Every year hundreds of 'orphans' are handed into the centre. Most of these animals are not true orphans so it is essential that you only pick up a youngster when it is clearly in danger or in need of help. Picking a baby animal up, especially a mammal can decrease its chance of survival as the parents may abandon it. Many wild animals will leave young un-attended while they search for food including deer and foxes.
SITUATIONS CAUSING CONCERN
*Youngsters on or near main roads
*fledgling birds with broken wings (wing will be drooping), wounds or weakness
*Baby birds fallen from nest that are cold. If the young are still warm we recommend trying to return them to the nest. If this cannot be achieved or the parent dont return within an hour keep the youngsters warm and call your nearest rescue centre
*Excessive vocalisation - most mammals will call out when they are hungry. We recommend observing the youngster and if the parent does not show then to give us a call were we can advise you further. Vocalisation may also be heard when the animal is in distress. It is important to assess the situation before intervening.
Wandering young - if a young animal such as a badger or fox cub is found wandering on its own something may be wrong. it can indicate something has happened to the parents or it has got lost.
If in doubt please call 07780742748
If you have found or seen an injured or unwell animal we advise you ring the emergency numbers asap. If the animal is a fox, badger or deer we recommend you stay with or observe the animal but no attempt should be made to restrain it. An injured animal will be very frightened and will fight tooth and claw to avoid confrontation with humans. If the animal you have found is a bird, small mammal, reptile or fish we advise you put it into a secure box or container or in the case of fish, in a bucket of water from the capture site (unless a dirty pool) and then ring us or your nearest centre. An ill or injured animal will usually be in some form of shock and this can cause the animal to be hypothermic. Where possible keep the animal warm using a heat pad or water bottle filled with hot water and keep away from domestic pets such as dogs and cats.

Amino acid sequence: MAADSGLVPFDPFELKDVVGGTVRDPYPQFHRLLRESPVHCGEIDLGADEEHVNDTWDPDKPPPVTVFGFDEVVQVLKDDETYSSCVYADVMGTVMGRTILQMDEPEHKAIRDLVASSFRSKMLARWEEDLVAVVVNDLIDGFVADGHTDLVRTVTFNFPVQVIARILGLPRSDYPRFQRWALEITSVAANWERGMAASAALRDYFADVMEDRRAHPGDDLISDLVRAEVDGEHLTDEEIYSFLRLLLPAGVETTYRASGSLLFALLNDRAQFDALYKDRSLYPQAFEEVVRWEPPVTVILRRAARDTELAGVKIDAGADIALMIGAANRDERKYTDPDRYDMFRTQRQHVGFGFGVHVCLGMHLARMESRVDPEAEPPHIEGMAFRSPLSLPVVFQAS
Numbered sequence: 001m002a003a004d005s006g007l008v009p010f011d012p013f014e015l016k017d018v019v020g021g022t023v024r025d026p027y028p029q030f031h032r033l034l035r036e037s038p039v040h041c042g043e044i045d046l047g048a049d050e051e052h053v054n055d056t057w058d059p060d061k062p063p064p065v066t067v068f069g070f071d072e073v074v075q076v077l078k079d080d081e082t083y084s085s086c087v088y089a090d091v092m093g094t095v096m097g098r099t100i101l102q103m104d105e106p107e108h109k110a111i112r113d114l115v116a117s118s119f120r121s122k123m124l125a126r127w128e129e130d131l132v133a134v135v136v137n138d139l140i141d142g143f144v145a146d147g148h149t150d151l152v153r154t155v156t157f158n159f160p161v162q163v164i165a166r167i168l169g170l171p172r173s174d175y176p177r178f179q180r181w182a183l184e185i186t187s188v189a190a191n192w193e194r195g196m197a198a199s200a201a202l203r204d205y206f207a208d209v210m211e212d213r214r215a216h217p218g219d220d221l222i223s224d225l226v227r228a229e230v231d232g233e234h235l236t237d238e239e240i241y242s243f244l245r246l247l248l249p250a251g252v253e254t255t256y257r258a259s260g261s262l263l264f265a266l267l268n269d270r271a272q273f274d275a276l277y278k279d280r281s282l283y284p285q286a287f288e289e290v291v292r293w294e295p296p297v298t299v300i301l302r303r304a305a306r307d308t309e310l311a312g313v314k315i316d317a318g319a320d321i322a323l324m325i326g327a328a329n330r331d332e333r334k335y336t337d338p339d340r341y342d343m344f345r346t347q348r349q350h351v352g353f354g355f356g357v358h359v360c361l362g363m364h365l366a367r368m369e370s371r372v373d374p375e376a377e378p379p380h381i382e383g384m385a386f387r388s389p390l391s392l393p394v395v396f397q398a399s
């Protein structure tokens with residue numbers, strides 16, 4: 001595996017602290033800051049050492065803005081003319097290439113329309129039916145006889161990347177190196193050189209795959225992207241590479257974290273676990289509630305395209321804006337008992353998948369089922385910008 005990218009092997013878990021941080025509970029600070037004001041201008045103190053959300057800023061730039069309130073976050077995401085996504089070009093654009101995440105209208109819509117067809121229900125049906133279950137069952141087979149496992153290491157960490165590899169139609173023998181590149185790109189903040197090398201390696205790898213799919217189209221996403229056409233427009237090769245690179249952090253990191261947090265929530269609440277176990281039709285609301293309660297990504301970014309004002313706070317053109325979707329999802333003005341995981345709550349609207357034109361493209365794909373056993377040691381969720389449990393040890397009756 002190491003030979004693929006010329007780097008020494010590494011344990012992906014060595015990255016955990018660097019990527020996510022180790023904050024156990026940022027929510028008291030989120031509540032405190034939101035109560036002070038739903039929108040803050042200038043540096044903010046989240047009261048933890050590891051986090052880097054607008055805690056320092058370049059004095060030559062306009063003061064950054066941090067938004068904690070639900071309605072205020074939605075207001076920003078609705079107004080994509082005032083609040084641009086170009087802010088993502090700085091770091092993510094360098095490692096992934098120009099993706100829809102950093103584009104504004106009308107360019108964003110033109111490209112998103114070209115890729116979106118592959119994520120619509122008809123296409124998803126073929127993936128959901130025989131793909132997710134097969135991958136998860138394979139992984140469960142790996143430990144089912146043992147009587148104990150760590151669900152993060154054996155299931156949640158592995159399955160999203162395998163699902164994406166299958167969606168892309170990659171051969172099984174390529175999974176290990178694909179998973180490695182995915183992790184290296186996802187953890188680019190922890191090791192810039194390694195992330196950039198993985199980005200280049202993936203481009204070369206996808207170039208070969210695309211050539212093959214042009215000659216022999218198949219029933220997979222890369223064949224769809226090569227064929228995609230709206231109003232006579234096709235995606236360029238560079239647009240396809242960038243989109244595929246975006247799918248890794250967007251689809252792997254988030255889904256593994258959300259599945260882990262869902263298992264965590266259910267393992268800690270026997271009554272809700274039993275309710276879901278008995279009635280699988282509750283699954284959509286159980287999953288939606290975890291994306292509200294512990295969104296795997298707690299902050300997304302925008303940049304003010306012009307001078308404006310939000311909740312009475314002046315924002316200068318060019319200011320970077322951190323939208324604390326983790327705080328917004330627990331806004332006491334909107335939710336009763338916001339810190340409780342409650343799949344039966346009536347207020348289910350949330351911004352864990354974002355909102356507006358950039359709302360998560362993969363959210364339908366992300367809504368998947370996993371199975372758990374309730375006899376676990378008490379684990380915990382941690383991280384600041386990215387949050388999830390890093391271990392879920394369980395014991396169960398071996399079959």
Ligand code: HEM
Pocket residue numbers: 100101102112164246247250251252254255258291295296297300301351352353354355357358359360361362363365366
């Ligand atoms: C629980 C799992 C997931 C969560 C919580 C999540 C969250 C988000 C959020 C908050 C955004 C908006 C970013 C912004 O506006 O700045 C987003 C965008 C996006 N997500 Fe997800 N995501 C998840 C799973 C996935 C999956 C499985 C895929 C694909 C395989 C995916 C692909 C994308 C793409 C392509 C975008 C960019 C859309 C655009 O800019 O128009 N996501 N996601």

If an animal is bleeding:
*if the bleeding is minimal we recommend putting the animal into a secure dark box and covering it with a towel. Most animals will go dormant and calm down therefore the heart rate will decrease.
*If the bleeding is heavy or arterial we recommend applying pressure using banadge if possible or rags if no bandages are available. In the caas of arterial bleeding especially on legs etc you can use a scarf, bandage or rope to stem blood flow by creating a tornique above the wound. Seek assistance asap.
*Dehydration maybe characterised by excessive thirst, sunken eyes, skin tenting and collapse. Animals can be offered water from a syringe or small dish. Do not leave water in with a very poorly animal. it may drown if it is weak..
Any hedgehog or badger out in the day may be in trouble. Any hedgehog under 600g at the end of October/November should be handed into a hedgehog carer for overwintering.
IT IS ESSENTIAL THAT THE ANIMAL IS HANDED OVER TO AN EXPERIENCED PERSON AS SOON AS POSSIBLE. KEEPING THE ANIMAL OR TRYING YOUR SELF DECREASES THE ANIMALS CHANCE OF SURVIVAL,